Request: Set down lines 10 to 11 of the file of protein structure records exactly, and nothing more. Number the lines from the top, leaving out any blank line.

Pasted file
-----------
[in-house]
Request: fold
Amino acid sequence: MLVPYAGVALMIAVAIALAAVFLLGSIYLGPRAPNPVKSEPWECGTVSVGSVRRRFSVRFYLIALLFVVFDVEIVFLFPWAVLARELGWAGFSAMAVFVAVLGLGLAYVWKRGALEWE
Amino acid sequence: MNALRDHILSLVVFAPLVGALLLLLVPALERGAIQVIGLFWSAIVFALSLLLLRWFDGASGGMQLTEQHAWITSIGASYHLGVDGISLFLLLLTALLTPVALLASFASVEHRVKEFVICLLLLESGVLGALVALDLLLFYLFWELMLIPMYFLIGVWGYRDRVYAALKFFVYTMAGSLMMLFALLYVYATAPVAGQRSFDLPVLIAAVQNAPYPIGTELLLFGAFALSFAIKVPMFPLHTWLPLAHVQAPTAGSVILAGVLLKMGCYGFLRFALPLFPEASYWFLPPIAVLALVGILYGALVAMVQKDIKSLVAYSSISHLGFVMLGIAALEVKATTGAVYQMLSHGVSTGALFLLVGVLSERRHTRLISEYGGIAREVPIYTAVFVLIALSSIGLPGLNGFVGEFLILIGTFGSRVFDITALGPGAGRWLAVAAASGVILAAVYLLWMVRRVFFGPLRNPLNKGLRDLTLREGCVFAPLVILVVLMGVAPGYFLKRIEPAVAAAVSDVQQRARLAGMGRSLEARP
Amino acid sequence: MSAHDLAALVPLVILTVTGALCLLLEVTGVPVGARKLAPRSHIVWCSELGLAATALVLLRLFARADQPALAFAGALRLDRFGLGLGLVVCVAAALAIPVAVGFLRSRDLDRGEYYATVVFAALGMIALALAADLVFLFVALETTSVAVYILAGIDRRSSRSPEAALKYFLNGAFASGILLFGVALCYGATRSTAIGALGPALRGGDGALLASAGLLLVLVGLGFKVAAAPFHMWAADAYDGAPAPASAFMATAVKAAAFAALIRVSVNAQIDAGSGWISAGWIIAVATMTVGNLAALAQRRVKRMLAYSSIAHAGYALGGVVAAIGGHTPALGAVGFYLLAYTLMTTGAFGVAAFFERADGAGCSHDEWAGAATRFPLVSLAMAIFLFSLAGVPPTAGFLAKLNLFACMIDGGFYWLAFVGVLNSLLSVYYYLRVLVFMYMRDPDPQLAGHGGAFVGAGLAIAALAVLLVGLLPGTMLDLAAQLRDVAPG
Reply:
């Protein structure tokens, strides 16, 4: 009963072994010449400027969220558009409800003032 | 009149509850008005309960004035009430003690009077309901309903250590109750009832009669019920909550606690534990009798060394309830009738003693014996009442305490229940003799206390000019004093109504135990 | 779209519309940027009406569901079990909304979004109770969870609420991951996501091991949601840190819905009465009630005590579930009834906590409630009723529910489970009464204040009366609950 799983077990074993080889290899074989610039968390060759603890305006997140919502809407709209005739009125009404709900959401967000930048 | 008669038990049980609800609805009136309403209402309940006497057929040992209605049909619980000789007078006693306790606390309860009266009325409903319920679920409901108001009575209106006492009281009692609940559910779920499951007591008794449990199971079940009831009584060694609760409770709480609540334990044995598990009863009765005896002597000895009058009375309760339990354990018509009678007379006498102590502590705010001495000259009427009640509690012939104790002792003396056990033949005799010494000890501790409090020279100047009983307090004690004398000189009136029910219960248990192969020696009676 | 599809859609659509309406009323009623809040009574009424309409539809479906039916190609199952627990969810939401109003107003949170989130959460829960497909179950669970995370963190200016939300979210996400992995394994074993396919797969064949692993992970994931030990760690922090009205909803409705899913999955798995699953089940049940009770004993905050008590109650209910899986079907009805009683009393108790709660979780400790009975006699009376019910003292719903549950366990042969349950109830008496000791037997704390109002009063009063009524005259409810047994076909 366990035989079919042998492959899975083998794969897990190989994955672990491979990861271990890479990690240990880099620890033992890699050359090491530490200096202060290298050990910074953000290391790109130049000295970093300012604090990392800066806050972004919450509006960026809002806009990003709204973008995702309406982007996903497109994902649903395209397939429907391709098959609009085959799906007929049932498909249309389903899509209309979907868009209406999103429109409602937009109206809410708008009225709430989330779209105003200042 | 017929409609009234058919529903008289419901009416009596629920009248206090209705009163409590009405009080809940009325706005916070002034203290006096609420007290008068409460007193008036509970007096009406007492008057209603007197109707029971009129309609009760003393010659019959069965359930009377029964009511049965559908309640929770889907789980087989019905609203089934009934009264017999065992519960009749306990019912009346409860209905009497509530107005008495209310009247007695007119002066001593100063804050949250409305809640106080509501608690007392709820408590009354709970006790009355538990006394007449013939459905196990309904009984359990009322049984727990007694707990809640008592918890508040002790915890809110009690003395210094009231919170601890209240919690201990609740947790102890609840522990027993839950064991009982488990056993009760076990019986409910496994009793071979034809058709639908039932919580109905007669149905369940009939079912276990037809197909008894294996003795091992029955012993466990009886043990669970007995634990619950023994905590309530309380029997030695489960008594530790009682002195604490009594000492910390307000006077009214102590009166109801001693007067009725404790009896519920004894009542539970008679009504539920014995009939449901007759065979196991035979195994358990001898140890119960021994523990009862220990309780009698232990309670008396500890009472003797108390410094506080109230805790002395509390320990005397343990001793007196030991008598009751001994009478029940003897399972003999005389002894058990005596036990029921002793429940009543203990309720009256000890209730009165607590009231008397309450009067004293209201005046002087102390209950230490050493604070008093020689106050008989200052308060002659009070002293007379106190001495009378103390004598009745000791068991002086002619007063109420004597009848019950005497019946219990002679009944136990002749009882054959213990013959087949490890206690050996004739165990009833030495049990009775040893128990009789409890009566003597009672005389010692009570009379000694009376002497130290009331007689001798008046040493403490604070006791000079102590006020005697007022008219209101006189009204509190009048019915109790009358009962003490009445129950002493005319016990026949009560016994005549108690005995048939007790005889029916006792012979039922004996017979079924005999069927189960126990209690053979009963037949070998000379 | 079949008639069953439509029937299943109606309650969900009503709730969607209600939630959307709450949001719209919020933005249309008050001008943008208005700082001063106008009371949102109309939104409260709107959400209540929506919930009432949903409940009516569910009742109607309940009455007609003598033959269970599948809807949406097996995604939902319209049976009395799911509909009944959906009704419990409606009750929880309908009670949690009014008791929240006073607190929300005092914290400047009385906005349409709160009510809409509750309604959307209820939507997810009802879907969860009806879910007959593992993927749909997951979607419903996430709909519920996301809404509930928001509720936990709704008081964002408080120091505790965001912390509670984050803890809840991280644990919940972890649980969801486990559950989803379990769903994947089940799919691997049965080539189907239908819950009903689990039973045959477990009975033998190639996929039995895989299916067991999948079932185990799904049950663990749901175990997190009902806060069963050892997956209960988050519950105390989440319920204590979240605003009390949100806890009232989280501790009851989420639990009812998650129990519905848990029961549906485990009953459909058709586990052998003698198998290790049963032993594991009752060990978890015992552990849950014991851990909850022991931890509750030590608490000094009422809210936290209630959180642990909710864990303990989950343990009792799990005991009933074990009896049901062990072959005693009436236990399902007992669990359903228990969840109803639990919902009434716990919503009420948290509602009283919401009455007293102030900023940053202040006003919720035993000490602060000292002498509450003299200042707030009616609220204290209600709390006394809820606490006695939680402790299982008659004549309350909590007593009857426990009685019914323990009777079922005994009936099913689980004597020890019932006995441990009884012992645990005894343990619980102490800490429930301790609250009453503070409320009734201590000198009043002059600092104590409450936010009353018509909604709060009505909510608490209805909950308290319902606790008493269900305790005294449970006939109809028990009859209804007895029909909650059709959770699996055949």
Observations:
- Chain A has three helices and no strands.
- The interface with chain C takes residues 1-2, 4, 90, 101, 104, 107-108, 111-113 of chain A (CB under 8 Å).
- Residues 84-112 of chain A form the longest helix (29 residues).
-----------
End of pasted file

- The interface with chain C takes residues 1-2, 4, 90, 101, 104, 107-108, 111-113 of chain A (CB under 8 Å).
- Residues 84-112 of chain A form the longest helix (29 residues).